North Korea's state media carried blistering criticism of a rightwing independent candidate as South Koreans voted for a new president yesterday, denouncing him as a "traitor and war fanatic."
A report carried by the official Korean Central News Agency continued a recent trend and said Lee Hoi-chang was working hard to rally pro-US conservative forces.
"Such a scheme of Lee Hoi-chang is nothing but a reckless move of a war fanatic keen to wrest power and bring a horrible disaster to this land," the agency said, carrying a statement attributed to a South Korean group.
Of the three leading candidates, Lee Hoi-chang sets out the toughest policy on dealing with Pyongyang.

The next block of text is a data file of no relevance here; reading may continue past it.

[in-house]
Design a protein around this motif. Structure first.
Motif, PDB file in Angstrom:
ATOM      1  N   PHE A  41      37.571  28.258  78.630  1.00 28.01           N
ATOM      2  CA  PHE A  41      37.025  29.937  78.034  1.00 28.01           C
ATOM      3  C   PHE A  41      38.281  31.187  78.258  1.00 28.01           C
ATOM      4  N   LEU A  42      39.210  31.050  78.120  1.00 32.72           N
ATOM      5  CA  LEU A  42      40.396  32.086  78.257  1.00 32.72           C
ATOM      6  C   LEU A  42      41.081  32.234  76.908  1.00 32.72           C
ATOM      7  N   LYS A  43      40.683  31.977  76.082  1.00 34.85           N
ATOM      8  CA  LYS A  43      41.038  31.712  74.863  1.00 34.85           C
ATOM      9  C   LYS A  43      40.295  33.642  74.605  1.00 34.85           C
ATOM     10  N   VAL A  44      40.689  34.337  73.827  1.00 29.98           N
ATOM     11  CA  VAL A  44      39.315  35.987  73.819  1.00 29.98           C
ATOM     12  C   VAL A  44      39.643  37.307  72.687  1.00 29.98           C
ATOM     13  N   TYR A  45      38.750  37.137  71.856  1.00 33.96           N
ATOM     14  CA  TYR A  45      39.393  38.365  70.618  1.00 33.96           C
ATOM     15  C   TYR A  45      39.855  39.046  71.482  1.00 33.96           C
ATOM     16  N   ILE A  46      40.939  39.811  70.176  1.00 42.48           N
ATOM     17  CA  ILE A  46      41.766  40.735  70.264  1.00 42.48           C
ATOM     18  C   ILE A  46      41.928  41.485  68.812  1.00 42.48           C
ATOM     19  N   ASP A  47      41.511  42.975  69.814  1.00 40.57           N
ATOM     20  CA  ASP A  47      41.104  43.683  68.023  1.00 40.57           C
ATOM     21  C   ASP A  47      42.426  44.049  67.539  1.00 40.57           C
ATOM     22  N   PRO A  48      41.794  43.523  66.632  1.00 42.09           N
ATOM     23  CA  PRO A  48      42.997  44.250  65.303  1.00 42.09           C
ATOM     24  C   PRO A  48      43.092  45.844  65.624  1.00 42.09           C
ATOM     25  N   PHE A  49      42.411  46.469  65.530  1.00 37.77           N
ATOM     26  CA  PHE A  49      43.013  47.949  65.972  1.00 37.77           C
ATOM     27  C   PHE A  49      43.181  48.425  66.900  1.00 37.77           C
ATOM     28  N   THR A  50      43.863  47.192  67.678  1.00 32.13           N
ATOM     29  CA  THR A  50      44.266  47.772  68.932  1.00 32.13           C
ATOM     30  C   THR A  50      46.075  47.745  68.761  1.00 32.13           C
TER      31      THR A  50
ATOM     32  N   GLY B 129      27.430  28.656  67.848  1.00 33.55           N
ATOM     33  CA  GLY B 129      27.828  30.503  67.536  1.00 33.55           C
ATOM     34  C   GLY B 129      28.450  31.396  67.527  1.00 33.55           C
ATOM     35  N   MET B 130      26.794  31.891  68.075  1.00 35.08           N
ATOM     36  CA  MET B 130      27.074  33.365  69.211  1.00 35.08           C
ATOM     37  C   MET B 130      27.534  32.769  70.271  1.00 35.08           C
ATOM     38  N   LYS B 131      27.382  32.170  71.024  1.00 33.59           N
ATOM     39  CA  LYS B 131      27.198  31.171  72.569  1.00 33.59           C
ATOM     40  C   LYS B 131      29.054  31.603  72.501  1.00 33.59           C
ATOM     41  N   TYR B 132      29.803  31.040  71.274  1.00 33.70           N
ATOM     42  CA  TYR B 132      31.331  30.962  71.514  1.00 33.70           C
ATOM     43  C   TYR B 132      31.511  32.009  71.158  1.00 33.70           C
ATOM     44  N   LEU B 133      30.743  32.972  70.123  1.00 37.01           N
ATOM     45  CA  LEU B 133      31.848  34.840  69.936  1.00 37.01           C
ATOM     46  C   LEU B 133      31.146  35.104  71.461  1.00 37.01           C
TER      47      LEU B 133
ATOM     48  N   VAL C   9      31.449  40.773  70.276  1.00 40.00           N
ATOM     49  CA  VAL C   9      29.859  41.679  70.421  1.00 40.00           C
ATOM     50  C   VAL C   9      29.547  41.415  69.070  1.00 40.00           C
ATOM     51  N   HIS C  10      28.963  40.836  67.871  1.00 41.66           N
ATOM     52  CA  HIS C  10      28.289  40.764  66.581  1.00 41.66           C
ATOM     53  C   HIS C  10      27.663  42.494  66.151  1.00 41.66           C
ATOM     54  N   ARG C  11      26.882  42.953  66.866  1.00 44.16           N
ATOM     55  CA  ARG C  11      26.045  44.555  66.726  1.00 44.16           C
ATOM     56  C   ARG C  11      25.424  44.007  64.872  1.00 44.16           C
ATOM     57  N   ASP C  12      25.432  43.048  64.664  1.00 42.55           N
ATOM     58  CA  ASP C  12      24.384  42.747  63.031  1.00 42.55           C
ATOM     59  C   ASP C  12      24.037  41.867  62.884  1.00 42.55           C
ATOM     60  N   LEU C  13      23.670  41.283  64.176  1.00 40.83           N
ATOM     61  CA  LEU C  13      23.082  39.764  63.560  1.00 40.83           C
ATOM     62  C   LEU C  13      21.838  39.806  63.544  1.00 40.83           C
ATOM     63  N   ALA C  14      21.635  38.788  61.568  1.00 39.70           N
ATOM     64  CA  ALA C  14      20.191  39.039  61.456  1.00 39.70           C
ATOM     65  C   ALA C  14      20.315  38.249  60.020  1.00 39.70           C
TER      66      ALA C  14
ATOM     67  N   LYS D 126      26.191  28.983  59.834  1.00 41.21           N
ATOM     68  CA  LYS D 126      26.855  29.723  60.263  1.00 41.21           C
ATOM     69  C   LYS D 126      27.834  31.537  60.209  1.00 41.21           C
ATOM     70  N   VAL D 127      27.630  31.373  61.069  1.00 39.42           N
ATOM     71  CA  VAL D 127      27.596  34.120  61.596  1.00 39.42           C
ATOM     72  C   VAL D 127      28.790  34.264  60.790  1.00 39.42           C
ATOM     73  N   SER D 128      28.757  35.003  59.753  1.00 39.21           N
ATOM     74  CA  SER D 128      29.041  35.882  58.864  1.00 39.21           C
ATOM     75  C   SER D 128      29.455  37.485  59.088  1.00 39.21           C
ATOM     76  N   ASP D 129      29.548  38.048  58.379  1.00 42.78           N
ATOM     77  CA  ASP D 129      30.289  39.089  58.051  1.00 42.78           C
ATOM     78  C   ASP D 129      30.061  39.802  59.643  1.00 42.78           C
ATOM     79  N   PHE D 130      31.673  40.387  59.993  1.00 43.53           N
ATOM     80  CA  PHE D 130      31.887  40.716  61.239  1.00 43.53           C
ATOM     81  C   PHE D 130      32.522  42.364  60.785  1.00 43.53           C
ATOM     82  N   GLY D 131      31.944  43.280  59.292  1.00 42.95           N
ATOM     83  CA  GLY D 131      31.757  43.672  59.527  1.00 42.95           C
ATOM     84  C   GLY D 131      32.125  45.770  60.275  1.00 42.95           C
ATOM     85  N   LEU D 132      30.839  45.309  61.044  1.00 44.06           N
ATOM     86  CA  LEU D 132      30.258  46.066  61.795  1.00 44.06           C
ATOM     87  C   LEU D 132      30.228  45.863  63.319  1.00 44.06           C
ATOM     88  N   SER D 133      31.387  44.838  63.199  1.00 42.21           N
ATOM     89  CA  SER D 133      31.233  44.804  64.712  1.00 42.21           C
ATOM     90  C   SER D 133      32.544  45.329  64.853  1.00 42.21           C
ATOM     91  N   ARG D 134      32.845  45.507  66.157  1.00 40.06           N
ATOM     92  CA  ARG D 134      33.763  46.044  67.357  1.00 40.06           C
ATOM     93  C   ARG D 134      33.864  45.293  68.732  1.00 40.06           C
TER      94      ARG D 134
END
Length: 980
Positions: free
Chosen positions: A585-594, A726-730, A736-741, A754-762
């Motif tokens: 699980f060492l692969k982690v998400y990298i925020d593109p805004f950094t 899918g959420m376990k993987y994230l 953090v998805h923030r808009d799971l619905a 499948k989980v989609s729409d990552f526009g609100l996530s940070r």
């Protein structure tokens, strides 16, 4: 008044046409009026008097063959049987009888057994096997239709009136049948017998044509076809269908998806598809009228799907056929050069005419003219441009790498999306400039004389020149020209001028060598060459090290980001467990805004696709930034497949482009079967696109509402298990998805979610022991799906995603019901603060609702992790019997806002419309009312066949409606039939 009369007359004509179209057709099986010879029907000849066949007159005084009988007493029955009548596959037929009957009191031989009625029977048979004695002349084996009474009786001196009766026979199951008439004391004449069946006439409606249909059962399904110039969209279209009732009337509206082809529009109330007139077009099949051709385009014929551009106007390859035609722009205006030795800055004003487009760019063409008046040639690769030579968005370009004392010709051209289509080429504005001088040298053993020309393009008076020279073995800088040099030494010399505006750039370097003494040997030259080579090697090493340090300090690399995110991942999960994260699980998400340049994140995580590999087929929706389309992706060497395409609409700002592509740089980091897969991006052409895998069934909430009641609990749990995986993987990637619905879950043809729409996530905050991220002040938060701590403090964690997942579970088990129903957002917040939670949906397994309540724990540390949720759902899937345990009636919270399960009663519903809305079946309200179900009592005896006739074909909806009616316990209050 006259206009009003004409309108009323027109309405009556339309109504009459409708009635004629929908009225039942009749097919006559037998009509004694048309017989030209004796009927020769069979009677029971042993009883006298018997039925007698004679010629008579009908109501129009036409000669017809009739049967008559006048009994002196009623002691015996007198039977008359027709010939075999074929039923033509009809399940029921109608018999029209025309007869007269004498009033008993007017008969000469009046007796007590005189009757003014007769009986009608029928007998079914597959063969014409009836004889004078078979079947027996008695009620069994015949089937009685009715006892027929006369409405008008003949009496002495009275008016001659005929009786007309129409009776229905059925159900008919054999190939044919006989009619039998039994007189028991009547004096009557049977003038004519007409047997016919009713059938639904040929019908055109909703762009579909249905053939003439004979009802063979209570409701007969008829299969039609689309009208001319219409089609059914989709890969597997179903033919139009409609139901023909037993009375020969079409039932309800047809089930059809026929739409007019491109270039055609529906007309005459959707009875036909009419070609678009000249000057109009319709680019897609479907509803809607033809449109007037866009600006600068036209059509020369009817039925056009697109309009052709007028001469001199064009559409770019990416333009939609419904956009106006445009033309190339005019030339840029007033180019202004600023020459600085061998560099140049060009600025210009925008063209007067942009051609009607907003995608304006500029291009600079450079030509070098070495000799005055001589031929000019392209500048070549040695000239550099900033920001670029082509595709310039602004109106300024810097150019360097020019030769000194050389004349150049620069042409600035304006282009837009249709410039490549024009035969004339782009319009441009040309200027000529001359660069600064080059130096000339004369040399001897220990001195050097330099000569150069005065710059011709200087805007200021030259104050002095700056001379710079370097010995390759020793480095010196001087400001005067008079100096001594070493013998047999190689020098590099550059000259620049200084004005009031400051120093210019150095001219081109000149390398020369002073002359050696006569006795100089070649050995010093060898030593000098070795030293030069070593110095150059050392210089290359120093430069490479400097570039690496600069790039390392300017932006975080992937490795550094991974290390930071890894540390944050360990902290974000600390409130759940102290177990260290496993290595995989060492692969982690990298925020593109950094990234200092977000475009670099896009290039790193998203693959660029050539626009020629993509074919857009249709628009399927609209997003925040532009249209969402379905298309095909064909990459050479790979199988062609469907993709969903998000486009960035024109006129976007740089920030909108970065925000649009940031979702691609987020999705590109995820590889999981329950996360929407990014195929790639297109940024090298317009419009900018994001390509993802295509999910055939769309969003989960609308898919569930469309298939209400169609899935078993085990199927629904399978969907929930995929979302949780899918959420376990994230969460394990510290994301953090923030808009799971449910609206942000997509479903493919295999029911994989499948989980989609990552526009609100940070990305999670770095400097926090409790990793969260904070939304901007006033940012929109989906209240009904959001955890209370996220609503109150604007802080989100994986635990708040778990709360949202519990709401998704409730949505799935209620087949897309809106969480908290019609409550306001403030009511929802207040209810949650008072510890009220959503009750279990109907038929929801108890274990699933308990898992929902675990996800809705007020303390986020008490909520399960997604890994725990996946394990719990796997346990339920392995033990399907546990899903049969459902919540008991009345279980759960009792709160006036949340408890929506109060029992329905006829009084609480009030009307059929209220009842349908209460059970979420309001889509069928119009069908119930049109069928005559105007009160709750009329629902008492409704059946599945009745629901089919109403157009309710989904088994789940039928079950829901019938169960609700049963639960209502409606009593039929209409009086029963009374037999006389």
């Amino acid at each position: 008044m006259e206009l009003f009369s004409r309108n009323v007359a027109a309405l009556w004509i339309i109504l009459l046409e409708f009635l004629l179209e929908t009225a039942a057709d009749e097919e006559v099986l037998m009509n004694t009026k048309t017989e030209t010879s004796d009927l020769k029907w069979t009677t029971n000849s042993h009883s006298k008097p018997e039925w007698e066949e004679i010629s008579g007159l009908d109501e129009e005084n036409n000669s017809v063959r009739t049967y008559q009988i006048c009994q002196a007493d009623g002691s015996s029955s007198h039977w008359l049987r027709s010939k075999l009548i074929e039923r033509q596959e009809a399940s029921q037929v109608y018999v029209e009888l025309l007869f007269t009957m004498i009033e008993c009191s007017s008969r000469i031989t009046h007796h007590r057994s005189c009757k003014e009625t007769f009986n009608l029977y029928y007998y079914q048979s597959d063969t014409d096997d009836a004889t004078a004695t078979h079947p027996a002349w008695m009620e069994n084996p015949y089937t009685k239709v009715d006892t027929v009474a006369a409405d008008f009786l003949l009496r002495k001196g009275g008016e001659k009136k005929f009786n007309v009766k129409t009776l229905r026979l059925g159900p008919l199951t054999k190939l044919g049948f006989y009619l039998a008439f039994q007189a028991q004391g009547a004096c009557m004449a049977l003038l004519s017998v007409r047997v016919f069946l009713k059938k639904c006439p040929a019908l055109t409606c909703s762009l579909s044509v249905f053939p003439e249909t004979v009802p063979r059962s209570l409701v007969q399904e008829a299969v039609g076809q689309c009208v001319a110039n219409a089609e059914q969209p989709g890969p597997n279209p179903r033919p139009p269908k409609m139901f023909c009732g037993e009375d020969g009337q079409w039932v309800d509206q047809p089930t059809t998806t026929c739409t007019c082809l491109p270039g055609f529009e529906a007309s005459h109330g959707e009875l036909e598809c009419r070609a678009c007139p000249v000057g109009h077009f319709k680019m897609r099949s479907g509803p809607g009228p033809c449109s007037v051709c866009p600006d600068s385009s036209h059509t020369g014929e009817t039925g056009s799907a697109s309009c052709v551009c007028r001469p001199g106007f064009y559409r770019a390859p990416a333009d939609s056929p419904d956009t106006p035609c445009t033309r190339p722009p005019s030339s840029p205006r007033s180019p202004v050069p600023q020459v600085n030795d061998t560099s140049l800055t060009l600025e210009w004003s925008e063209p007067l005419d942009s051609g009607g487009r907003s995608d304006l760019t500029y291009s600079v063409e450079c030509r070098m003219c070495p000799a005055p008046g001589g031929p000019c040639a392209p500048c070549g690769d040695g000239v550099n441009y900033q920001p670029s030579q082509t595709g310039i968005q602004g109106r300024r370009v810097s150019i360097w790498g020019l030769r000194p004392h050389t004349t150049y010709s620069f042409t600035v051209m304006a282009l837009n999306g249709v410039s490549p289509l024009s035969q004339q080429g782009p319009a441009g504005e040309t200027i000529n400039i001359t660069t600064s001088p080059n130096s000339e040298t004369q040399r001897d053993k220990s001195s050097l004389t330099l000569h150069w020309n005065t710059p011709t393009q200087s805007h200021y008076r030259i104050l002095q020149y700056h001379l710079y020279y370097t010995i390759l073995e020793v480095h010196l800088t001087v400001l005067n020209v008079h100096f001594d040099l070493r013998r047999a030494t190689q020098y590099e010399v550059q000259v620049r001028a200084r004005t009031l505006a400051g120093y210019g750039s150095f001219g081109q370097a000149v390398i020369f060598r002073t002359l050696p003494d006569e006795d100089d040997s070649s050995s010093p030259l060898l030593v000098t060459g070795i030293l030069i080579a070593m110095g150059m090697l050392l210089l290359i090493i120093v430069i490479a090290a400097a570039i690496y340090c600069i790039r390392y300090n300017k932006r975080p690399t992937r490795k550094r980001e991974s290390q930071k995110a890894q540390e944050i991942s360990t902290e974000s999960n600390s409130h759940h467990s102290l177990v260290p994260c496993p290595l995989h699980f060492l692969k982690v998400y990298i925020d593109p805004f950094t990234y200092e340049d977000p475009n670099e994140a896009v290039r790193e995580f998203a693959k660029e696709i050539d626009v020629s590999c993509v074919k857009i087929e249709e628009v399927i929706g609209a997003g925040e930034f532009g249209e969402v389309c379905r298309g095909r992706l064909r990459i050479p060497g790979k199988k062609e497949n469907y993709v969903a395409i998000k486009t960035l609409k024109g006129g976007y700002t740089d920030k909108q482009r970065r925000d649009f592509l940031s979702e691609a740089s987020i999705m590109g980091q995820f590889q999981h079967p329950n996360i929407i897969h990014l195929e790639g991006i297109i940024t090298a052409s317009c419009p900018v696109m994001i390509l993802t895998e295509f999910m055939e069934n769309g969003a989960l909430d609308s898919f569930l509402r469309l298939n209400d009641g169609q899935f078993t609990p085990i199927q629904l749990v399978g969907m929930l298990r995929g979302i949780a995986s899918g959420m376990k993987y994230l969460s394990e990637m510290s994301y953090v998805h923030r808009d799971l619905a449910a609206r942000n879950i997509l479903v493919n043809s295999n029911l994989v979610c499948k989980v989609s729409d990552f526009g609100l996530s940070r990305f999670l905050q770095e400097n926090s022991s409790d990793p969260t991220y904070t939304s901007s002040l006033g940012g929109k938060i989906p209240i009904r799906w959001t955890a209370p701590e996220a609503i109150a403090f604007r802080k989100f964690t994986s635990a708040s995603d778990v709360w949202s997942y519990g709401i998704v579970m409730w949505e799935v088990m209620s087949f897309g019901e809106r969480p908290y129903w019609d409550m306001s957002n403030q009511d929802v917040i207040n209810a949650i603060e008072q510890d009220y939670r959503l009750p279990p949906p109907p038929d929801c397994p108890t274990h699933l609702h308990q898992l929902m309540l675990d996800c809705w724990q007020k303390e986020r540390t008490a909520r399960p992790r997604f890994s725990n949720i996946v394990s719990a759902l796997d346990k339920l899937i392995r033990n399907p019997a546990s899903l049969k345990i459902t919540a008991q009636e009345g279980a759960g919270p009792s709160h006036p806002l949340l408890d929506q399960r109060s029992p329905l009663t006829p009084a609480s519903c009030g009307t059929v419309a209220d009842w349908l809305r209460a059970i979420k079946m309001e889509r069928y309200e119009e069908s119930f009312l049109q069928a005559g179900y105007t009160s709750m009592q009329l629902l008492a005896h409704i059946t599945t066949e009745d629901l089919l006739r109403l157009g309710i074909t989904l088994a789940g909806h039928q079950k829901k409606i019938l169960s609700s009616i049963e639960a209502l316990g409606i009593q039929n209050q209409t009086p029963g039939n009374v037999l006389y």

Earlier this year the North's media had castigated the South's conservative opposition Grand National Party and its candidate Lee Myung-bak. But its media this month dropped the attacks on Lee Myung-bak and focused on Lee Hoi-chang.
Analysts say the North now seems to believe it will have to deal with the Lee Myung-bak as president and feels relations can be stabilized.
This autumn Pyongyang staged a series of reconciliation events in what was seen as an attempt to boost the pro-government liberal party, which vows to pursue South Korean President Roh Moo-hyun's "sunshine" engagement policy.
Leader Kim Jong-il invited Roh to Pyongyang for a rare summit in October and they agreed on a series of rapprochement projects and follow-up visits.
But the North has not become a major campaign issue. Many South Koreans already feel relaxed about the state of cross-border relations and are concerned with bread-and-butter economic issues. The two conservative candidates cite the North's denuclearization as a condition for economic cooperation.
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